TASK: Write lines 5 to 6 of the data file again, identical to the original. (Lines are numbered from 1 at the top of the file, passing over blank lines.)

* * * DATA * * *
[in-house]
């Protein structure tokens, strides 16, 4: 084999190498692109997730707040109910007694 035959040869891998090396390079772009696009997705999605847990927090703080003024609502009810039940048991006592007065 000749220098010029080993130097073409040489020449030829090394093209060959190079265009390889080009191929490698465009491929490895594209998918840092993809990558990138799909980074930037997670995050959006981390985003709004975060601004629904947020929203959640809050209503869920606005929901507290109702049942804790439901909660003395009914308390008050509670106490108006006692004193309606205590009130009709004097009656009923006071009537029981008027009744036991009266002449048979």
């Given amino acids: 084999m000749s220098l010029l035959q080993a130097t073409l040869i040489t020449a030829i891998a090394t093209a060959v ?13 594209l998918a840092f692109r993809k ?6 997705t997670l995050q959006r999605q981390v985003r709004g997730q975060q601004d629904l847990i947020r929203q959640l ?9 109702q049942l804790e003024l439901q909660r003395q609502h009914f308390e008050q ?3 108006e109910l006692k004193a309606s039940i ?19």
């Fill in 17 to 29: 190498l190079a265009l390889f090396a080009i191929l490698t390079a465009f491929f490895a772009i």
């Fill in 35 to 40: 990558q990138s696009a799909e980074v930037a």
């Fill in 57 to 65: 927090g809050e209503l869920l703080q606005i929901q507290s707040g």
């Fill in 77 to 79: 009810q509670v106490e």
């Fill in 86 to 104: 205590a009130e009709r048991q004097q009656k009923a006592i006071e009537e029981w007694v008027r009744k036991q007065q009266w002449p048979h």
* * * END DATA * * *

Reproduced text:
């Fill in 35 to 40: 990558q990138s696009a799909e980074v930037a």
């Fill in 57 to 65: 927090g809050e209503l869920l703080q606005i929901q507290s707040g």